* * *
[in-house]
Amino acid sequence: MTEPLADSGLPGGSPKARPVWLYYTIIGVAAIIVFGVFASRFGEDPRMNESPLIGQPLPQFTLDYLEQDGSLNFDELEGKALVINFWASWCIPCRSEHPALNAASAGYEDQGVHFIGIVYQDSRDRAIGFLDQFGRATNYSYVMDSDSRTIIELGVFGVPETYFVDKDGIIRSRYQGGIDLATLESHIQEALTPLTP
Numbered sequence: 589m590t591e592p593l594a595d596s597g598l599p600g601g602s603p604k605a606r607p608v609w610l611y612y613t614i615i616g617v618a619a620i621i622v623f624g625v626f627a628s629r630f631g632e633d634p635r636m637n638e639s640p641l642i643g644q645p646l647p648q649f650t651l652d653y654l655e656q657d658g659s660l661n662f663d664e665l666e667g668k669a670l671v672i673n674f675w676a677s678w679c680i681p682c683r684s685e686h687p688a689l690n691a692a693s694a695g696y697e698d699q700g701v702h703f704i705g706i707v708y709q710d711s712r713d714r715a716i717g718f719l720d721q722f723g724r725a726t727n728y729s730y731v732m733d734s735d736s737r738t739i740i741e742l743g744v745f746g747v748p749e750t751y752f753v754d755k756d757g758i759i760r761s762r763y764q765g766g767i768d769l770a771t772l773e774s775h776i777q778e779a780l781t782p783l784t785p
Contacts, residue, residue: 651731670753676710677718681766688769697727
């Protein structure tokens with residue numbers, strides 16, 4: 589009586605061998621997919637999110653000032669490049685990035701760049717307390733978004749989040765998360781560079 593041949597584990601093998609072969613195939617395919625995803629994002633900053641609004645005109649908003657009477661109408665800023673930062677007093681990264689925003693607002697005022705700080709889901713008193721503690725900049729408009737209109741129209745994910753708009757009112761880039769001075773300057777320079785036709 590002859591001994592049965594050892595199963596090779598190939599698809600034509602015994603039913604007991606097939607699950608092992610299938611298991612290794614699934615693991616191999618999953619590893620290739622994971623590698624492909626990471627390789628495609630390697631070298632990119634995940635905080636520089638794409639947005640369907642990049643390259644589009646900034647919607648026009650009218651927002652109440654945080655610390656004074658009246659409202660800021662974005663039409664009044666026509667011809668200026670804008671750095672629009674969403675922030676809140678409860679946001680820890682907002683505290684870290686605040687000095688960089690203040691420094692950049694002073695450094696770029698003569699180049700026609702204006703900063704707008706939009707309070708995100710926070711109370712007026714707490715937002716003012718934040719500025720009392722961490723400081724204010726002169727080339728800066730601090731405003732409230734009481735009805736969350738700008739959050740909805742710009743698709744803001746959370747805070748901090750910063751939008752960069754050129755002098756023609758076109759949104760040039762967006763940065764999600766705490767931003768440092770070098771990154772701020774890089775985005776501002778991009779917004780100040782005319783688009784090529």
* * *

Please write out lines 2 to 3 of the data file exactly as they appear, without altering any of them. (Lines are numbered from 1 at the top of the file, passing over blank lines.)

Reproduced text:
Amino acid sequence: MTEPLADSGLPGGSPKARPVWLYYTIIGVAAIIVFGVFASRFGEDPRMNESPLIGQPLPQFTLDYLEQDGSLNFDELEGKALVINFWASWCIPCRSEHPALNAASAGYEDQGVHFIGIVYQDSRDRAIGFLDQFGRATNYSYVMDSDSRTIIELGVFGVPETYFVDKDGIIRSRYQGGIDLATLESHIQEALTPLTP
Numbered sequence: 589m590t591e592p593l594a595d596s597g598l599p600g601g602s603p604k605a606r607p608v609w610l611y612y613t614i615i616g617v618a619a620i621i622v623f624g625v626f627a628s629r630f631g632e633d634p635r636m637n638e639s640p641l642i643g644q645p646l647p648q649f650t651l652d653y654l655e656q657d658g659s660l661n662f663d664e665l666e667g668k669a670l671v672i673n674f675w676a677s678w679c680i681p682c683r684s685e686h687p688a689l690n691a692a693s694a695g696y697e698d699q700g701v702h703f704i705g706i707v708y709q710d711s712r713d714r715a716i717g718f719l720d721q722f723g724r725a726t727n728y729s730y731v732m733d734s735d736s737r738t739i740i741e742l743g744v745f746g747v748p749e750t751y752f753v754d755k756d757g758i759i760r761s762r763y764q765g766g767i768d769l770a771t772l773e774s775h776i777q778e779a780l781t782p783l784t785p